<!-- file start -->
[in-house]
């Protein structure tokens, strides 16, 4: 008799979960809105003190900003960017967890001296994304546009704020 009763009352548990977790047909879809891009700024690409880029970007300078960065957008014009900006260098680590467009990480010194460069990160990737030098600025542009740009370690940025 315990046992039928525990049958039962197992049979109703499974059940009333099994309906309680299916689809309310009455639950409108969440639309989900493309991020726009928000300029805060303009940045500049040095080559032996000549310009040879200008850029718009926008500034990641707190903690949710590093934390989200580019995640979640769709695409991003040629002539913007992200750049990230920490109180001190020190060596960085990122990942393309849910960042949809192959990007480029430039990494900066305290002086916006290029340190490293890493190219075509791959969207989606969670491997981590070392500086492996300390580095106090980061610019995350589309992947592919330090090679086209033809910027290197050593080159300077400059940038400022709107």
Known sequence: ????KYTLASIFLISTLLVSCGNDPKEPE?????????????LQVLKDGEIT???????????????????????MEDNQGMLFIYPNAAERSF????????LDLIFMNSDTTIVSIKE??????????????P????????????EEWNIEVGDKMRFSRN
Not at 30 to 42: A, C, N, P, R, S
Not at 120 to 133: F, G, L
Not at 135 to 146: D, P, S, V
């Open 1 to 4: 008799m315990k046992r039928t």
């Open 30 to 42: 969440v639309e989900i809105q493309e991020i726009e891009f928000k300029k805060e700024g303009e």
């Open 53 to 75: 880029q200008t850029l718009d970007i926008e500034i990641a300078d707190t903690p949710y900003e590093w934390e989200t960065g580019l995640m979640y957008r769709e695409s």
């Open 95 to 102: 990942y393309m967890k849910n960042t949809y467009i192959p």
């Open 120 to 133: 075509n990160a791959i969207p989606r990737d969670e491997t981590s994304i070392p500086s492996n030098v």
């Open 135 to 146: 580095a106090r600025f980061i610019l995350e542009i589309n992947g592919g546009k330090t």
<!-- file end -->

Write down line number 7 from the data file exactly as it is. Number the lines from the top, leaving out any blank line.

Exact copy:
């Open 1 to 4: 008799m315990k046992r039928t």